By Hana Namrouqa

AMMAN – The Ministry of Environment is creating a new technical unit in charge of rehabilitating the Zarqa River Basin, one of the Kingdom’s major environmental hotspots, according to Minister of Environment Yaseen Khayyat.

Based at the ministry, the unit will be supported by several government agencies and will coordinate efforts to rehabilitate the Zarqa River Basin, he said during the closing workshop of a five-year project for the rehabilitation of the basin on Thursday.

Khayyat underscored that further efforts are still needed to restore the ecological and cultural value of the river, which has suffered from pollution and depletion over the past three decades.

“The main goal of the rehabilitation programme is to change perspectives of the river as a landfill or a health hazard… stopping pollution of the river is a national responsibility,” he noted.

Addressing the contamination of the Zarqa River, which originates from Ras Al Ain in Amman and flows into the King Talal Dam, has been a top priority for the Ministry of Environment since its establishment, according to officials.

But the severe pollution of the river from the influx of sewage and dumping by factories and farms located along its banks, coupled with low water levels, is hindering salvage efforts.

Khayyat said the first step towards rehabilitating the river is preventing pollution by controlling the disposal of solid and liquid waste, as well as managing the river’s water flow.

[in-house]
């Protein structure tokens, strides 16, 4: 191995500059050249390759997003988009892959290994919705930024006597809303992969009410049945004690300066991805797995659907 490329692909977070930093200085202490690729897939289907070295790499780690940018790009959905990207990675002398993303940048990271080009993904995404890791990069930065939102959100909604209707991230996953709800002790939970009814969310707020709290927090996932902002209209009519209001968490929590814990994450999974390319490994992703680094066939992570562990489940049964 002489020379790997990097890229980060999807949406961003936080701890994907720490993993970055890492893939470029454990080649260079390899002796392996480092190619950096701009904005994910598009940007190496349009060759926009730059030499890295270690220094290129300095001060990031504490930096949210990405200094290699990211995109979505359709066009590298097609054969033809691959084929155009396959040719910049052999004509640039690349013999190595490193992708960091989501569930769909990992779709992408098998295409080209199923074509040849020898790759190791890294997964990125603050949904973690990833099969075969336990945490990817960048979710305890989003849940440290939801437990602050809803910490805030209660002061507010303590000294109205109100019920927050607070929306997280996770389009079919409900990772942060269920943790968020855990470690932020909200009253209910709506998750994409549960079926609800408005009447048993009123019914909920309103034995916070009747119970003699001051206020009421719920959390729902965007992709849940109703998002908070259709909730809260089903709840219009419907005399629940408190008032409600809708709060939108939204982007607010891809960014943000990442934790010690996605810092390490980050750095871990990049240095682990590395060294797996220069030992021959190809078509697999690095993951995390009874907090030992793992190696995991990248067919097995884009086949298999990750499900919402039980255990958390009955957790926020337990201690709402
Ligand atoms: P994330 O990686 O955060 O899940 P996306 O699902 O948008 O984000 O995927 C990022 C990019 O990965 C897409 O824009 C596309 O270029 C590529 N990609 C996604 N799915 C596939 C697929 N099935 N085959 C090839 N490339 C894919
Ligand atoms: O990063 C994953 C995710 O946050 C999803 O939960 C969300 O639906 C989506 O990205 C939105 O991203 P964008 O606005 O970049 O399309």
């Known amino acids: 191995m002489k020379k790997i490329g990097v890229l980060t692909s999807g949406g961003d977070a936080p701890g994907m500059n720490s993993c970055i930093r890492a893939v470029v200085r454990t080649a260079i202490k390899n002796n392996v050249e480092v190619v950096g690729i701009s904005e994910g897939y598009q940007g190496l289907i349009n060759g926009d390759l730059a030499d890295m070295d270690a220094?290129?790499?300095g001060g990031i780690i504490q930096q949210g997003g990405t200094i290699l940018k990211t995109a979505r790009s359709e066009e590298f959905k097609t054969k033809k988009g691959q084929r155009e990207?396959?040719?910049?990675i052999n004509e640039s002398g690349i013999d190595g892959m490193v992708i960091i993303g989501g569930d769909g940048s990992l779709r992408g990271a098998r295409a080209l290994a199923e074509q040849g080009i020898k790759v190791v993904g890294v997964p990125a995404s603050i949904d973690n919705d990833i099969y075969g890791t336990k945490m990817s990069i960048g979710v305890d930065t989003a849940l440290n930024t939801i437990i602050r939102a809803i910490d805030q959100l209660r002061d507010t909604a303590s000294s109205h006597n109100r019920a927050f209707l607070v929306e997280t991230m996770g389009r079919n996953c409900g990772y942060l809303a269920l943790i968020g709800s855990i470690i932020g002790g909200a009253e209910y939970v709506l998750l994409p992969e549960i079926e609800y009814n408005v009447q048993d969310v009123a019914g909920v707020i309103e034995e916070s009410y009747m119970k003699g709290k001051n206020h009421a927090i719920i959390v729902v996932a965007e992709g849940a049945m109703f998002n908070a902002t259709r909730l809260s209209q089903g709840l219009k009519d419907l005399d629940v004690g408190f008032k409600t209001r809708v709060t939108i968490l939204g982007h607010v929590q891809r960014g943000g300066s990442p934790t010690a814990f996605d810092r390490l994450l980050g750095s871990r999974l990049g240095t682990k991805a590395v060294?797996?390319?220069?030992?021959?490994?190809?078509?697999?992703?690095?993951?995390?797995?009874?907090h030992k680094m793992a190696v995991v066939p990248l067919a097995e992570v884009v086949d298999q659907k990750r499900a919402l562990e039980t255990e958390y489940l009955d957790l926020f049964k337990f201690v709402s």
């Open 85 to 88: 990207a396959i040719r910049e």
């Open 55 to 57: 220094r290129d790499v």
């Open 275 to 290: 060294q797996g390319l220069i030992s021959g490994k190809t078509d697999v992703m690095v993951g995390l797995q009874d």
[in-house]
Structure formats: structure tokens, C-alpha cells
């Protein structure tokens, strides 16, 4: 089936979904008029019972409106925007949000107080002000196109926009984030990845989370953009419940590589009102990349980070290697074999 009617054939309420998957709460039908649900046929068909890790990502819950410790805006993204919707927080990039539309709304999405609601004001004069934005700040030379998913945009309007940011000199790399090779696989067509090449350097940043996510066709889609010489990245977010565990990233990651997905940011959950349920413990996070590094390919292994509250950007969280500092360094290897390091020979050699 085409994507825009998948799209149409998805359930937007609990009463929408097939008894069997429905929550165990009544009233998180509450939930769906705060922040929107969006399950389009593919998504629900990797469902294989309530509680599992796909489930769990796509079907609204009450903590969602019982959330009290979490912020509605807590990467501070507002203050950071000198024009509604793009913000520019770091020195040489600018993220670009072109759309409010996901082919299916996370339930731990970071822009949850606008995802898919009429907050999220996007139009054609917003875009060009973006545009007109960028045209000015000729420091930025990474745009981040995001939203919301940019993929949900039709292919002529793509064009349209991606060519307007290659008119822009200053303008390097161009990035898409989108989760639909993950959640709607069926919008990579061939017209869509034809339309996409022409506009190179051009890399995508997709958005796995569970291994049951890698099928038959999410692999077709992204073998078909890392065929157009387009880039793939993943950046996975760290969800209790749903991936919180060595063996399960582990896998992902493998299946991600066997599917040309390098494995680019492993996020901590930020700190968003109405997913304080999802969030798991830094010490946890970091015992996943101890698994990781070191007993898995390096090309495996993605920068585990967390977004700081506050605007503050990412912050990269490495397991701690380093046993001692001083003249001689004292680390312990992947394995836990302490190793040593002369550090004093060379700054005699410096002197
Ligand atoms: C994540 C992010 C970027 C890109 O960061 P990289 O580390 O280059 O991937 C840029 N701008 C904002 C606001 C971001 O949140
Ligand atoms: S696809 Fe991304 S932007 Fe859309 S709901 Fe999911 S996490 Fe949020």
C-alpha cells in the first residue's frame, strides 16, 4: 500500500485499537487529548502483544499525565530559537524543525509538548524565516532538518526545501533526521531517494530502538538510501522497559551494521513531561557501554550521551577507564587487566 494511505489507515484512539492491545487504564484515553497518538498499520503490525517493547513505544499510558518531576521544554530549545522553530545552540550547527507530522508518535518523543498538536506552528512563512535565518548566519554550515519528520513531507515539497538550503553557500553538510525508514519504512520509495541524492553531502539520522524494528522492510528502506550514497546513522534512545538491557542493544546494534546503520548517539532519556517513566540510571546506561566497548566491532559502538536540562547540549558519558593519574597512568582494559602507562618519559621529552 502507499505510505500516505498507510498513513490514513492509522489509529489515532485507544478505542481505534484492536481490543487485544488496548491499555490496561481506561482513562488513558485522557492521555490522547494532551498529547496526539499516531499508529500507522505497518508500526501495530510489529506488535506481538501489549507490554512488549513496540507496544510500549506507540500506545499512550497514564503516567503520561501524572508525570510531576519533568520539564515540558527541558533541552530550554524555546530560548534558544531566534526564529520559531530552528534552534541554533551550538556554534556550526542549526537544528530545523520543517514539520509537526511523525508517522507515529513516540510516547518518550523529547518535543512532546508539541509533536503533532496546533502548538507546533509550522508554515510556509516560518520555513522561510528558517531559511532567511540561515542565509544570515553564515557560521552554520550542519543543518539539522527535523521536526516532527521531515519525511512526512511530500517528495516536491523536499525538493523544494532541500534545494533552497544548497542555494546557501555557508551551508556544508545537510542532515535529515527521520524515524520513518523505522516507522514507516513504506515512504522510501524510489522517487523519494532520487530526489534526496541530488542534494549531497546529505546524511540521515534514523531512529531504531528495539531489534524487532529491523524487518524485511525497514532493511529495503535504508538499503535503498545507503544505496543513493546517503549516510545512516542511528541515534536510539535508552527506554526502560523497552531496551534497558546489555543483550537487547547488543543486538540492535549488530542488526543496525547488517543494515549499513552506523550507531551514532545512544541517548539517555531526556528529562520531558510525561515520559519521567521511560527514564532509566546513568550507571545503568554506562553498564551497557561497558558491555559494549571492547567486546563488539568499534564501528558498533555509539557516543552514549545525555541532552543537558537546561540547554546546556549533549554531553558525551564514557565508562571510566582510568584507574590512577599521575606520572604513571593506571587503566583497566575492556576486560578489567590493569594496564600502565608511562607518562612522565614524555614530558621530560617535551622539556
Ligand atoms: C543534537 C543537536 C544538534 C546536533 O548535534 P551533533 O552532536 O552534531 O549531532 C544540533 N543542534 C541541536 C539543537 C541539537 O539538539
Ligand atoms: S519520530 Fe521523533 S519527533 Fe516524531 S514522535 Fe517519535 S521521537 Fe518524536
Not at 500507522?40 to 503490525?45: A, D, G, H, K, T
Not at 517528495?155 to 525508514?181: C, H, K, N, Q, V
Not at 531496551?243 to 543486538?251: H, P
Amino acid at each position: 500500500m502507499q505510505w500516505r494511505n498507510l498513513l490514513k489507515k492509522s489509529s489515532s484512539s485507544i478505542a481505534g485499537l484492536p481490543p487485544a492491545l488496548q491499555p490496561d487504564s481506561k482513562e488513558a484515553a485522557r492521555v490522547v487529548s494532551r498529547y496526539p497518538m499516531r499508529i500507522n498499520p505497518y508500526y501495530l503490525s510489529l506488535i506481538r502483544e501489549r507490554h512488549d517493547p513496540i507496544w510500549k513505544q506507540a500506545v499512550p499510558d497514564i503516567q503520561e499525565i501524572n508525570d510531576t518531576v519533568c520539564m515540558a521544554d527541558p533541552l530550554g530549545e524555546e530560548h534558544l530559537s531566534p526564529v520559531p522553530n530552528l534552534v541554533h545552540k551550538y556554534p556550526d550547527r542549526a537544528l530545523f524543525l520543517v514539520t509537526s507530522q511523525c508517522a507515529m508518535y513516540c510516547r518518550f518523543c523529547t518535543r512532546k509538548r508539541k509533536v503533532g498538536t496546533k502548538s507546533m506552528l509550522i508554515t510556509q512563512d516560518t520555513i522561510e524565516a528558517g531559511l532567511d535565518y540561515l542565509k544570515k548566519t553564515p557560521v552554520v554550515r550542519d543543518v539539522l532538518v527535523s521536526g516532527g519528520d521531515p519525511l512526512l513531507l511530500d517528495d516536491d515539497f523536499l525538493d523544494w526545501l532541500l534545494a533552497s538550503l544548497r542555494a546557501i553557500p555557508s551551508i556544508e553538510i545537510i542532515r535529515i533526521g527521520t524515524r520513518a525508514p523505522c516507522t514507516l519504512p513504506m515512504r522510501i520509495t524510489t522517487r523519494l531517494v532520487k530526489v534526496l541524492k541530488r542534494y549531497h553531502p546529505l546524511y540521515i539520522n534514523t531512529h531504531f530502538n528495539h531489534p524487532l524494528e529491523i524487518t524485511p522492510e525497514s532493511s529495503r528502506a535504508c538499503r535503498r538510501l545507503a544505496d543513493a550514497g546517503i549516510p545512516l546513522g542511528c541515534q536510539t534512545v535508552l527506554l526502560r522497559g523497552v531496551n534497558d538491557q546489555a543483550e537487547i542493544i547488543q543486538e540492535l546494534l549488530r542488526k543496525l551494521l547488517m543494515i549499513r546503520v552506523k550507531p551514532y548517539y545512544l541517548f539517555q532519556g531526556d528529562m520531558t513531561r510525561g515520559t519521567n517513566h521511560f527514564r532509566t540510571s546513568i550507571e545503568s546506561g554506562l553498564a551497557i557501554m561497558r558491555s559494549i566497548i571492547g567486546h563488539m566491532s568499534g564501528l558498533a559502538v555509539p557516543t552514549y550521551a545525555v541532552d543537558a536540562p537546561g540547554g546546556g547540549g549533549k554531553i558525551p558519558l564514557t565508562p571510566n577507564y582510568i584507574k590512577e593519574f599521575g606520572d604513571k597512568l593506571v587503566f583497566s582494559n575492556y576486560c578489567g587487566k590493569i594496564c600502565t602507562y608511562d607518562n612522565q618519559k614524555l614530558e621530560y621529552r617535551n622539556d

“The ministry seeks to maintain a continuous flow of water in the Zarqa River and replenish it with unconventional water resources, such as highly treated wastewater, harvested rainwater and grey water,” the minister noted.

He commended the Ministry of Water and Irrigation for helping address the causes of the river’s pollution by prohibiting wastewater treatment plants, manholes or pumping stations from leaking untreated wastewater into the river.

The rehabilitation project, launched in 2008 by the environment ministry and the International Union for the Conservation of Nature (IUCN), aims at improving the Zarqa River Basin’s environmental conditions by building the capacities of concerned authorities and raising the awareness of people and farmers residing along its banks.

The second largest tributary of the lower Jordan River after the Yarmouk River, the Zarqa River’s watershed encompasses the most densely populated areas in the country, including Zarqa Governorate, which is home to 52 per cent of Jordan’s industries and has a population of around one million.

Under the project, funded by the Spanish Agency for International Development Cooperation, the IUCN and the ministry encouraged farmers along the river bank to adopt environment-friendly methods which involve drip irrigation systems and the use of organic instead of chemical fertilisers, according to the ministry.

Spanish Ambassador to Jordan Javier Sangro de Liniers said the unit for the rehabilitation of the Zarqa River will start operating next month, highlighting that the project promotes coexistence between human beings and nature.

“The project demonstrated the concept that humans and nature can, and should, coexist in a way where development activities take into consideration the ecological needs of the system surrounding them,” the ambassador noted.